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Bearish Overnight Weather Trends Pressuring November Natural Gas Futures

Coming off Thursday’s 12.2 cent sell-off, the November natural gas futures contract was trading lower early Friday, down 2.2 cents to $3.176/MMBtu shortly after 8 a.m. ET as forecasters pointed to milder trends in the weather outlook overnight.

Bespoke Weather Services viewed the overnight guidance as “solidly more bearish,” with the European model dropping heating demand expectations in both the medium and long range as the Global Ensemble Forecast System cooled somewhat. This resulted in a “solid decline” in expected heating degree days (HDD) overnight.

“Though we still expect demand to run slightly above average on net through the next couple of weeks the long-range pattern is not quite as threatening and the medium-range continues to hold the same warm risks we were watching yesterday,” Bespoke said.

The firm noted a “brief overnight spike above $3.25 before warmer European guidance hit prices hard” and suggested “this is not necessarily a sell-off to chase; there remain long-range cold risks on guidance and models are noisy enough that we could easily see colder trends provide bounces.”

EBW Analytics Group’s latest weather maps Friday morning similarly showed declines in expected space heating demand over the next three storage weeks, confirming trends that showed up Thursday and helped send prices lower.

“The forecast for Week 1 remains ultra-cold compared to seasonal norms, posting a small gain,” EBW CEO Andy Weissman said. “This morning’s runs, however, all confirm the expected loss of gas-weighted HDDs during Week 2 that surfaced in yesterday’s midday runs, losing 5.2 gas-weighted HDDs and 9 Bcf of demand. During Week 3, colder-than-normal weather continues to fade, limited to portions of the Southeast.

“Over the next few trading days, very cold weather over much of the country will provide some support for cash prices, limiting the rate at which futures decline,” Weissman said. “Forecasts are also likely to continue undulating, resulting in day-to-day volatility. For now, though, the rally appears to be over.”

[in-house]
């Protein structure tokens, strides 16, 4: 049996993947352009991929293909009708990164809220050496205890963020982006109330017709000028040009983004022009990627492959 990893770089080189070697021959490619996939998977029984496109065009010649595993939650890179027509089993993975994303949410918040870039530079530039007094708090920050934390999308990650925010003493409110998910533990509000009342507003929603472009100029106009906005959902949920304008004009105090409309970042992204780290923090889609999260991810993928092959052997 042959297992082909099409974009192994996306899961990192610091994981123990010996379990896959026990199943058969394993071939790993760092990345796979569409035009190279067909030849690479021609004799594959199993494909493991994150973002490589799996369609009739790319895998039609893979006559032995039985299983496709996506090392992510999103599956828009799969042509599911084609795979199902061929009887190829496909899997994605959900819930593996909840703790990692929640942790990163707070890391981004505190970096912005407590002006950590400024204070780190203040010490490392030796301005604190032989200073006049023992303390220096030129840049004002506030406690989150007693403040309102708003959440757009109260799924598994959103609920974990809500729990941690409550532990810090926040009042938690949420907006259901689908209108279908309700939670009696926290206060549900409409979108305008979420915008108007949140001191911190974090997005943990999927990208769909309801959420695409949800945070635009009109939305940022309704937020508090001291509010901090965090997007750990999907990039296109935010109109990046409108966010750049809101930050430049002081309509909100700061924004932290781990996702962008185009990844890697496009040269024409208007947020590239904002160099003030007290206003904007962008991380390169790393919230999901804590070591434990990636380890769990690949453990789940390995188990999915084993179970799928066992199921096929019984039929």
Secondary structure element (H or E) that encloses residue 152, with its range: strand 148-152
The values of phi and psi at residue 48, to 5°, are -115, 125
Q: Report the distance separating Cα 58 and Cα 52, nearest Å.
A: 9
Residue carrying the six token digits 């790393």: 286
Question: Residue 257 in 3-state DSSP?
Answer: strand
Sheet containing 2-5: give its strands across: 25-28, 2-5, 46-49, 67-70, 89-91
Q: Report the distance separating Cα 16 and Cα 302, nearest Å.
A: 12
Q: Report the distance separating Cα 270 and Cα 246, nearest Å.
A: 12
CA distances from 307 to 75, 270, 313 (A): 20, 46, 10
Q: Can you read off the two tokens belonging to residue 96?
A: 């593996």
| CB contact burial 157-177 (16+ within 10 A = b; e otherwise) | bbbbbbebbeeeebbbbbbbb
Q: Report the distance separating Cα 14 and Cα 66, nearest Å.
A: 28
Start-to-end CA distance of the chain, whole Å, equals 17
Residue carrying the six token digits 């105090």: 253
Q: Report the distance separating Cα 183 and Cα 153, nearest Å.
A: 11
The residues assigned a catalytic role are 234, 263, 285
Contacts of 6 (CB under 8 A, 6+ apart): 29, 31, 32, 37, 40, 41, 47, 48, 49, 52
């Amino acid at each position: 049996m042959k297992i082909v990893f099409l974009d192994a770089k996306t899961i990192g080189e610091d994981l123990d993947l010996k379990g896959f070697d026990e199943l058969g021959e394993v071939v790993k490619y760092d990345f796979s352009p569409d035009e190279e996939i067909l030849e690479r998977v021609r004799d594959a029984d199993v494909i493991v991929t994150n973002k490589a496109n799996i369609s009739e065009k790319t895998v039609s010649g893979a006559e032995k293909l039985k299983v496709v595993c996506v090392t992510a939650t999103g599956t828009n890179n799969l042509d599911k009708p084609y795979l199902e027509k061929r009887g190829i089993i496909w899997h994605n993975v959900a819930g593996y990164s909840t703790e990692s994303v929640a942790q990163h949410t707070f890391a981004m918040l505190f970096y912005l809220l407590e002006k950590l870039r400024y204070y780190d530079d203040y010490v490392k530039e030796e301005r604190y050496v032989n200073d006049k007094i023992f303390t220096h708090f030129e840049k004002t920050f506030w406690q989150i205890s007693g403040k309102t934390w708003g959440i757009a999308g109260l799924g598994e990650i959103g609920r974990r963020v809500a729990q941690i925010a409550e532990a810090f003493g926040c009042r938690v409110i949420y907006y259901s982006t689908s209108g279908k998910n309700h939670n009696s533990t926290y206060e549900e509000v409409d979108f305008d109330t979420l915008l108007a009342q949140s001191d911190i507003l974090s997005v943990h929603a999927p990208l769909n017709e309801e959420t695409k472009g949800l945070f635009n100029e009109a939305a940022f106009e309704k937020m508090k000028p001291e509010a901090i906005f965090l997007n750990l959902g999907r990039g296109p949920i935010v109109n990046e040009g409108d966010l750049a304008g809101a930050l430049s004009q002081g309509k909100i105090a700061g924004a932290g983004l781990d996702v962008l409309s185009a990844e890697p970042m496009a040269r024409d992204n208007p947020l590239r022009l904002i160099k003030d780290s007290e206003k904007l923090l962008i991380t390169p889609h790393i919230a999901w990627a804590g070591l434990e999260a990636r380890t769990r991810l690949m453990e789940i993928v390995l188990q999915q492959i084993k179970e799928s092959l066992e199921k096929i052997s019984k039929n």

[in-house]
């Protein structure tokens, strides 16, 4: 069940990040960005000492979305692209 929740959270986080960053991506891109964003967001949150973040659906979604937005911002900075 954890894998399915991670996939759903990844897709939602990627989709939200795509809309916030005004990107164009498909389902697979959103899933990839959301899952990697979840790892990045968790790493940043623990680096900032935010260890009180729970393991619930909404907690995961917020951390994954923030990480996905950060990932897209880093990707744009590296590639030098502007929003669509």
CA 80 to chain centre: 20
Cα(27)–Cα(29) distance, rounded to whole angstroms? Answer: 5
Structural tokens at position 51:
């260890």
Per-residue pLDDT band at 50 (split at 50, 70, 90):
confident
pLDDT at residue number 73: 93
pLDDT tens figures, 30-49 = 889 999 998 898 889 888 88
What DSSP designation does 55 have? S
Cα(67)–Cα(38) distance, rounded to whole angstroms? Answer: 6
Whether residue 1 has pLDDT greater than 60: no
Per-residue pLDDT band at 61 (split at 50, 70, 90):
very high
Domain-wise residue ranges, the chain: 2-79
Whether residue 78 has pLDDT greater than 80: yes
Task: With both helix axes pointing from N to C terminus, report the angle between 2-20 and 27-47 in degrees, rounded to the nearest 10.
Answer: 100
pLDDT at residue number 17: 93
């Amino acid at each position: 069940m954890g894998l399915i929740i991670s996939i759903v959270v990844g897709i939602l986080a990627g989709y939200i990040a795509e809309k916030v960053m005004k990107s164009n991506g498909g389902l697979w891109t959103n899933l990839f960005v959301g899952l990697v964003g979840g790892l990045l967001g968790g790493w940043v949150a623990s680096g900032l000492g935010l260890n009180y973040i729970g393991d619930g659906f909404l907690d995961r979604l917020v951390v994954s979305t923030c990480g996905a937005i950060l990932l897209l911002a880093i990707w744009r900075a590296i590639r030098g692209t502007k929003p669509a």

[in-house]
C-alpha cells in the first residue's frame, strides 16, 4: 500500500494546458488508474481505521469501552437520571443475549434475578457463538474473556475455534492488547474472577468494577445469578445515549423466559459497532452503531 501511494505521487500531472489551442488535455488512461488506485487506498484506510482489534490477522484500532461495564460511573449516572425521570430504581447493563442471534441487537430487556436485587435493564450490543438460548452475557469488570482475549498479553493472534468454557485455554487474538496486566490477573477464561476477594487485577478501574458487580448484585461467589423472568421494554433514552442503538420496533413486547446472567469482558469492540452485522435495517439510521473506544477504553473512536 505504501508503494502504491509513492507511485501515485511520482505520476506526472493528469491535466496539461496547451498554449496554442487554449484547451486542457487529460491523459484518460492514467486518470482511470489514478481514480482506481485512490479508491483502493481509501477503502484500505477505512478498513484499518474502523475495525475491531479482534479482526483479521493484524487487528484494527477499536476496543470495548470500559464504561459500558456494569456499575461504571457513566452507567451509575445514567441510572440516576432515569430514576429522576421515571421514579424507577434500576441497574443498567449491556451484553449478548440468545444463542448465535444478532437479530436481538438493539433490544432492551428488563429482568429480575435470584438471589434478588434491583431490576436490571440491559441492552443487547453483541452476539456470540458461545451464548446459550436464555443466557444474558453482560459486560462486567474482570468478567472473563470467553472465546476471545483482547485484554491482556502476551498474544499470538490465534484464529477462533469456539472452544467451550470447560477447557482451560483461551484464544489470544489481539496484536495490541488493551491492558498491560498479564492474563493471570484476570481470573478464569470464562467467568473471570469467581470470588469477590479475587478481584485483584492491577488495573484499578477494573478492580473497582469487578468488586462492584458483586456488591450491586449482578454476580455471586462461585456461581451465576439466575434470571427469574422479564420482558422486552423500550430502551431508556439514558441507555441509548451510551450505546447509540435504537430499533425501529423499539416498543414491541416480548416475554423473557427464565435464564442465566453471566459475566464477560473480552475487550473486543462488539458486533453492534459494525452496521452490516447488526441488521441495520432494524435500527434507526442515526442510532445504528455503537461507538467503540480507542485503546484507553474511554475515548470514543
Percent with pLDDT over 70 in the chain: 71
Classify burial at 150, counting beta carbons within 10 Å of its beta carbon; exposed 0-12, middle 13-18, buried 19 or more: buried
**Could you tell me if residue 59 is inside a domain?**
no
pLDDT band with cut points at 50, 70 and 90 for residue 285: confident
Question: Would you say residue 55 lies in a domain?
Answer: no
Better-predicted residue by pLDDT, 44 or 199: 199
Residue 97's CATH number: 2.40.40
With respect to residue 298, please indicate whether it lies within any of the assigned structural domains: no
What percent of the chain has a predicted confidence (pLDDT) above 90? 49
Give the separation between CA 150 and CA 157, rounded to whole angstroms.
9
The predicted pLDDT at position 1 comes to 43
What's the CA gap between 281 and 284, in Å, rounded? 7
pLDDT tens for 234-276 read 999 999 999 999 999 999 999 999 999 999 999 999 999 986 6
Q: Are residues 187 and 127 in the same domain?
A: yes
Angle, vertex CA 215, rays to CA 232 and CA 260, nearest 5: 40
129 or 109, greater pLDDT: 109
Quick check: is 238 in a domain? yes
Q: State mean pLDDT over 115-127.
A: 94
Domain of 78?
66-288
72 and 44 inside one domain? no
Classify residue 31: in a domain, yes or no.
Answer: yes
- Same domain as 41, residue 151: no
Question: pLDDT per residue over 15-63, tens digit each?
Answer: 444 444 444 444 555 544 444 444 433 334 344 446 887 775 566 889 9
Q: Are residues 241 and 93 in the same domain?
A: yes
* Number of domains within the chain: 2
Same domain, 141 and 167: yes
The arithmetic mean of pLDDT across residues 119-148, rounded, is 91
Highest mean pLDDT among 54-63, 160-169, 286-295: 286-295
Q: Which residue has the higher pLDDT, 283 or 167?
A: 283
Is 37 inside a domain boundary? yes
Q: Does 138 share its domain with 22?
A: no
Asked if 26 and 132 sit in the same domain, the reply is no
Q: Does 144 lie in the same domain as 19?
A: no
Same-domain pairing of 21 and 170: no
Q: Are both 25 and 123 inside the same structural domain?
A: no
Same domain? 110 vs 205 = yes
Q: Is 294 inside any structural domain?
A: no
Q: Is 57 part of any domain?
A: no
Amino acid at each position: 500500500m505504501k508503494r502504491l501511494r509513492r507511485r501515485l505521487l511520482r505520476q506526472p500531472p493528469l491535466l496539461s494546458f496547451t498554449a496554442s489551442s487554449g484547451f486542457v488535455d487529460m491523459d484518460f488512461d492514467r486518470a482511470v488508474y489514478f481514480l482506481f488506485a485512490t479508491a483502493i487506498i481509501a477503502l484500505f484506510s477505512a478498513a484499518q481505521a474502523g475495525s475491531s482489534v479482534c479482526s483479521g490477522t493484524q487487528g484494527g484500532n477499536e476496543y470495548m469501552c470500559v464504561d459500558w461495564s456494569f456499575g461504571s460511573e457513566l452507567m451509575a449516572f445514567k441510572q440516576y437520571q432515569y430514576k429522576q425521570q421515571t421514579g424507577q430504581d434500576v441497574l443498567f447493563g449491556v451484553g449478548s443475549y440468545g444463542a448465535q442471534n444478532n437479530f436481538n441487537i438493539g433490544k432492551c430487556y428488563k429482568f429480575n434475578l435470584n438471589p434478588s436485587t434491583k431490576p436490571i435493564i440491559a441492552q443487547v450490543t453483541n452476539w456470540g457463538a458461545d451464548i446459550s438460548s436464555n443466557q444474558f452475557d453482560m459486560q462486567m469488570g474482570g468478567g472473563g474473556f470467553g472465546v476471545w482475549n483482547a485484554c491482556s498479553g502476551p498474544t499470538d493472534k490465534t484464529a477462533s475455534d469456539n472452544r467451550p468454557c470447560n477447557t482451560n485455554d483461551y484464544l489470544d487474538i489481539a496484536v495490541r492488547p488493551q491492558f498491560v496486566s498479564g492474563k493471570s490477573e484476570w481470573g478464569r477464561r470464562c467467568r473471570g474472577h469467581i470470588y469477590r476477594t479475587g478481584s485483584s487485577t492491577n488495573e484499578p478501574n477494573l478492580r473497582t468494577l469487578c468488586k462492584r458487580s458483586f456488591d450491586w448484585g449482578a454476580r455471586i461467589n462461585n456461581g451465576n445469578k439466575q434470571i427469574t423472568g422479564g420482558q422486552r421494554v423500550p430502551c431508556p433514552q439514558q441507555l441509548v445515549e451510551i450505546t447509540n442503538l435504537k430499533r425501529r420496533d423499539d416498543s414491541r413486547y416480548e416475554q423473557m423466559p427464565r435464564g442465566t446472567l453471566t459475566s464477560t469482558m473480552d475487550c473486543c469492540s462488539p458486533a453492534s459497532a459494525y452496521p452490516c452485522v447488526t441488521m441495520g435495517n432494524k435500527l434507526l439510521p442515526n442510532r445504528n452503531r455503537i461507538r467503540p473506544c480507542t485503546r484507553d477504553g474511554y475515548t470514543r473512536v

Meanwhile, on Thursday the Energy Information Administration (EIA) reported an 81 Bcf injection into storage inventories for the week ending Oct. 12, slightly below market expectations for a build in the mid-80s Bcf. The reported build was larger than both last year’s 55 Bcf injection and the five-year average build for the week of 79 Bcf. The 81 Bcf build lifted storage inventories to 3,037 Bcf, 601 Bcf below year-ago levels and 605 Bcf below the five-year average.

“With only two weeks remaining in the refill season, we expect to enter November at around 3.2 Tcf (about 550 Bcf, or 15%, below average),” analysts with Jefferies LLC said following Thursday’s report. “Given the rapid supply growth that has occurred through the summer and early fall, we believe that the storage deficit can easily be reduced further in the winter.

“Assuming five-year average withdrawals, we estimate that production would need to average just around 8 Bcf/d higher year/year for storage to reach the five-year average (about 1.7 Tcf) by the end of March. This level of production would imply a winter average of just around 85 Bcf/d, less than 1 Bcf/d off recent daily highs.”

Shortly after 8 a.m. ET, November crude oil futures were up 73 cents to $69.38/bbl, while November RBOB gasoline was trading about 2.9 cents higher at $1.9210/gal.

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